Advocacy in action

DO Day 2022 participants advocate for loan repayment, telemedicine and stopping Medicare cuts

The osteopathic medical family reunited in person and virtually to advocate for patients and physicians.


During the week of April 23 – 27, 2022, the AOA held its annual DO Day conference, which combined meetings with lawmakers on Capitol Hill with a hybrid health policy conference.

More than 1,000 members of the profession participated in the virtual health policy conference, which highlighted DOs and health policy experts who discussed leadership, advocacy and engagement.

Following this, more than 300 participants from 42 states gathered in Washington, DC, to participate in the in-person advocacy portion of the event and network with affiliates, students, postdoctoral trainees and physicians in practice from their states and across the country. There, they formed delegations to discuss three very important topics with individual legislators and their staff. 

Members of the osteopathic medical profession enjoy DO Day.

The networking

After a formal program introducing attendees to advocacy and legislative meetings, participants attended an awards reception and dinner honoring those who have served the profession through leadership and advocacy. This allowed attendees to mingle and perhaps even create a new mentor/mentee relationship to continue to foster strong advocacy values.

Award recipients included osteopathic students, physicians, staff, affiliates and even Congressional representatives who have championed policies that benefit members of the osteopathic profession and their patients.

The asks

On the last day of the in-person portion of the conference, attendees gathered for a group photo, then trekked down Pennsylvania Ave. toward Capitol Hill. Meetings were scheduled throughout the day, and attendees participated in virtual and in-person meetings with members of Congress and their staff.

DO Day attendees pose for a group photo before heading to Capitol Hill to meet with legislators.

This year’s priority issues included stopping Medicare sequestration, supporting the CONNECT for Health Act (HR 2903/S 1512) and championing the Rural America Health Corps Act (HR 2130/S 924).

The first ask was advocating for Congressional action to prevent the 2% Medicare sequestration cut over the course of the next several months. Though a bill has not yet been drafted to address them, the cuts could result in medical offices being unable to pay for adequate personal protective equipment for staff, expanded technology to meet the demands of telemedicine and other increases in overhead without adequate reimbursement.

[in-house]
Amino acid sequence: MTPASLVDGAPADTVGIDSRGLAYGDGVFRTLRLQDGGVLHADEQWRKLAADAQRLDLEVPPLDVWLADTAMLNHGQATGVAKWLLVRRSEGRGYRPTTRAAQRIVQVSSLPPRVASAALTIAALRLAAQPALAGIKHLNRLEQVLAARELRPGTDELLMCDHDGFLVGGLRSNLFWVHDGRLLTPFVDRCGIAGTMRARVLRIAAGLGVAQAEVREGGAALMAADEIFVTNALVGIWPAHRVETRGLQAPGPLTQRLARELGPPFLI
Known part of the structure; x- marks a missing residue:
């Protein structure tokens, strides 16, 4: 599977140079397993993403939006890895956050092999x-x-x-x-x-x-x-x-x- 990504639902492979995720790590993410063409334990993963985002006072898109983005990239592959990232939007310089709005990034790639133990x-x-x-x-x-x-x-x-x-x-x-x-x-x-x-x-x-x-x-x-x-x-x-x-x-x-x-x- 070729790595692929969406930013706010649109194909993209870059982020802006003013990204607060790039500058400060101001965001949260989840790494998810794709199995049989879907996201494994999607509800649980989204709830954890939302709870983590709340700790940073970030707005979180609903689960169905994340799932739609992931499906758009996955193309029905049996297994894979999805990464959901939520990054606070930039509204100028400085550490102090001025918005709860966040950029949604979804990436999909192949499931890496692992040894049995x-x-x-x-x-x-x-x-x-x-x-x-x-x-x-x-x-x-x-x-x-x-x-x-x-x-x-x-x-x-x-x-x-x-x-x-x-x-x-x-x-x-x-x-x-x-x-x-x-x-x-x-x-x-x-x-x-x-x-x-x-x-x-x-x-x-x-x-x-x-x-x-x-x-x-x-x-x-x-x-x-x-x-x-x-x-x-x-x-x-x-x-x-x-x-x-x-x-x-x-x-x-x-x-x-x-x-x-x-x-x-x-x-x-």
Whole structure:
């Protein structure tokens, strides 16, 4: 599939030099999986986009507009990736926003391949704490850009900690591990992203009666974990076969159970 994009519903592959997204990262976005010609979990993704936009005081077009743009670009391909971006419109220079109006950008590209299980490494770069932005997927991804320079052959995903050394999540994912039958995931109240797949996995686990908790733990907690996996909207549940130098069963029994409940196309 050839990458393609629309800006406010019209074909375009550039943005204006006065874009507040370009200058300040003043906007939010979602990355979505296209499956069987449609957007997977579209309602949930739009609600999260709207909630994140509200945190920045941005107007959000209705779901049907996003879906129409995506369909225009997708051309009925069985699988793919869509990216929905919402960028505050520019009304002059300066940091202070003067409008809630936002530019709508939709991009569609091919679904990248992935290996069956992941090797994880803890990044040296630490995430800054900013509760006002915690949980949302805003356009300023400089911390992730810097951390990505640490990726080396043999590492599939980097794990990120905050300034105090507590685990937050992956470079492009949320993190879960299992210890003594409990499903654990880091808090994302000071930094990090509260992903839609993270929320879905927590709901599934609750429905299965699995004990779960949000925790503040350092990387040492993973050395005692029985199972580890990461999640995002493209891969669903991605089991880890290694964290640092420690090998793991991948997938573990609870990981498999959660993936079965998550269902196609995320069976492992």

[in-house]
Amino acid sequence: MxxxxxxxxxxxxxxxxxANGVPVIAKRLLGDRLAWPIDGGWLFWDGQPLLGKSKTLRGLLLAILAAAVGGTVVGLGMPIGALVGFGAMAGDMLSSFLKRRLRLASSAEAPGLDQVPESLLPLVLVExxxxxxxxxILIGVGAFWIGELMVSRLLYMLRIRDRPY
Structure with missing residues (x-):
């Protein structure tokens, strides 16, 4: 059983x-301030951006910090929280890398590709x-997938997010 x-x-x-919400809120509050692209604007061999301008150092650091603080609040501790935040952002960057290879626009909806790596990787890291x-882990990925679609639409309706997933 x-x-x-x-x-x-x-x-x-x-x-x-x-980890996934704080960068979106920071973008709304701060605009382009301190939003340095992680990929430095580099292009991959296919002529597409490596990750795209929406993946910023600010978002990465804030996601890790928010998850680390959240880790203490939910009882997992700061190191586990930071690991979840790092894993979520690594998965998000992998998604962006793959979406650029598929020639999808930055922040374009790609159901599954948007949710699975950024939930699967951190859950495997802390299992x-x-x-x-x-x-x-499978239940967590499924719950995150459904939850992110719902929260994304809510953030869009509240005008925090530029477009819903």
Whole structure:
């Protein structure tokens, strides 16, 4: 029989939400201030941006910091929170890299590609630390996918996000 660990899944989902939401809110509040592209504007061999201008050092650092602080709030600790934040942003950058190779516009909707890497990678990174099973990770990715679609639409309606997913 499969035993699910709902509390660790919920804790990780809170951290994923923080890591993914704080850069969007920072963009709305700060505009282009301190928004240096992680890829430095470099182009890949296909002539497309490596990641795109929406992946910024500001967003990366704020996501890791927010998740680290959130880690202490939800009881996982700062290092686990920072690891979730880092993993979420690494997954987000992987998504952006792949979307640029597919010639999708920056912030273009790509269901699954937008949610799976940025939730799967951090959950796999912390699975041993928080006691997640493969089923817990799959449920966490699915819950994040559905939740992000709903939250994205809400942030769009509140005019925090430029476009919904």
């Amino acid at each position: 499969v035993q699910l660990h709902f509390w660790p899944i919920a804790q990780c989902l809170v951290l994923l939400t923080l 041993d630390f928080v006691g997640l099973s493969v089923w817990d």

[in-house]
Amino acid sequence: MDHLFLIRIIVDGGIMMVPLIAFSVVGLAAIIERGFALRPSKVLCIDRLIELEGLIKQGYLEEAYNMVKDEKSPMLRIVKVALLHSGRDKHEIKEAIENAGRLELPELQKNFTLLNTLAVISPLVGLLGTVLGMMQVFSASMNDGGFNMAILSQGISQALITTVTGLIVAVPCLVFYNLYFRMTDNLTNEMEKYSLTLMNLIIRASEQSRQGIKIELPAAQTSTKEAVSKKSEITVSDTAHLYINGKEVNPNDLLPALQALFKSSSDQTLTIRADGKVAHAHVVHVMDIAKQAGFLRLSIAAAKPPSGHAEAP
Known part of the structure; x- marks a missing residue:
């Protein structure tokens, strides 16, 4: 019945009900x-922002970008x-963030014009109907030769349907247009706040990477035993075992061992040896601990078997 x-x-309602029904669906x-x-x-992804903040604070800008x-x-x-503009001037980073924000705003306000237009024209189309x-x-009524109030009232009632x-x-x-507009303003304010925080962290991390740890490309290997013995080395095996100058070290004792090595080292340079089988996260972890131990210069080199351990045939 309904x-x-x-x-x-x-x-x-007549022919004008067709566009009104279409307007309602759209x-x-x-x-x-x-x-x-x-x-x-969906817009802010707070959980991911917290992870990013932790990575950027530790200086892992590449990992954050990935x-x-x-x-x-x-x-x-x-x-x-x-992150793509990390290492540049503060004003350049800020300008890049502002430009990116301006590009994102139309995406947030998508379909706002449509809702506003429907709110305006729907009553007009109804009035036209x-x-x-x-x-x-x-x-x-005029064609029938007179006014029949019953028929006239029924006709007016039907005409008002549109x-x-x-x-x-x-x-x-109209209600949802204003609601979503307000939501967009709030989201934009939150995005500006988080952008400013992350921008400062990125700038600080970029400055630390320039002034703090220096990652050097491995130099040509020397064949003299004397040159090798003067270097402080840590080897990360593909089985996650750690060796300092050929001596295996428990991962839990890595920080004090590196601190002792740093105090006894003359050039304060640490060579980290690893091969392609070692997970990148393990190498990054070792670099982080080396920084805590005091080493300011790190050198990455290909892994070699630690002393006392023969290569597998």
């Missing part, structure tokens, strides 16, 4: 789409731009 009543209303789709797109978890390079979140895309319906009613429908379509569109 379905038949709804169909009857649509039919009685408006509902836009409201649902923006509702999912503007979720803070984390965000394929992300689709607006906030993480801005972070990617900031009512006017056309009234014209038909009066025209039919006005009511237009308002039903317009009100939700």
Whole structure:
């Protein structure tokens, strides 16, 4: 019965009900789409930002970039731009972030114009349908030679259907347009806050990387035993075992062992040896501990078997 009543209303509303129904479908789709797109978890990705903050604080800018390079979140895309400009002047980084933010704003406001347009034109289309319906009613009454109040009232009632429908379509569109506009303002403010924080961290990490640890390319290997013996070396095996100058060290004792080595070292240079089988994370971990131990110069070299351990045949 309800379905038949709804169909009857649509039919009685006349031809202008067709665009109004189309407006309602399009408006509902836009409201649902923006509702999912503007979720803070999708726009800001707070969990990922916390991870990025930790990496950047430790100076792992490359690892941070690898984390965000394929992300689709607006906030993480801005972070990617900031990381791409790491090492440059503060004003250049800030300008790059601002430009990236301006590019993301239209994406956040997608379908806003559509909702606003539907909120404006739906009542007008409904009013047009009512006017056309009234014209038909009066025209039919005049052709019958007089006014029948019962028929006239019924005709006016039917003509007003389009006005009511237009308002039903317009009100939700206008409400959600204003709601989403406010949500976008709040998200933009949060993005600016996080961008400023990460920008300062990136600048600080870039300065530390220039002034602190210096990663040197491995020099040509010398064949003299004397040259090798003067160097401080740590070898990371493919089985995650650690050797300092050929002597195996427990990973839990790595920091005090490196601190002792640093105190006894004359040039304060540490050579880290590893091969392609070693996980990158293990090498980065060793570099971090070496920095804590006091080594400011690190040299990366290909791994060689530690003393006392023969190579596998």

The second issue we discussed was the impact of telemedicine on patients and their families. The DO recently highlighted this issue in depth. In meetings with lawmakers, DO participants focused discussions on HR 2903 and S 1512, the CONNECT for Health Act, which would increase access to care for Medicare beneficiaries by expanding coverage and removing restrictions for telemedicine services on a permanent basis.

DO Day participants meet with Sen. John Boozman (R-Ark.).

Lastly, the third ask involved a bill called the Rural America Health Corps Act (HR 2130 and S 924), which The DO also recently highlighted. The legislation proposes a student loan repayment program for eligible health care professionals, including physicians who agree to work for five years in a rural area deemed to have a shortage of primary, dental or mental health care providers.

Establishment of this program would potentially benefit the osteopathic profession by providing physicians with opportunities to decrease their education debt burden and improve access to care.

The successes

After an outstanding DO Day, the AOA was proud to announce that the U.S. Senate unanimously passed a resolution designating April 18-24 as National Osteopathic Medicine (NOM) Week. Its passage was largely based on the leadership of Senators Joe Manchin (D-W.Va.) and Roger Wicker (R-Miss.), who sponsored the resolution in an effort to highlight the significant role that osteopathic medical students and physicians play in the nation’s health care system.

Do you know if your senator was a cosponsor?  Check out this list of cosponsors of the NOM Week resolution.

All in all, this was a very successful DO Day and it was great to see so many in the osteopathic family reunited in person to advocate for the profession and our patients! To keep the momentum going, don’t forget that you can continue to take action on important issues via the Osteopathic Advocacy Network.

Editor’s note: The views expressed in this article are the author’s own and do not necessarily represent the views of The DO or the AOA.

Related reading:

Bill addresses rural health care access and physicians’ medical school debt

CONNECTions for all: Expanding coverage for telemedicine beyond COVID

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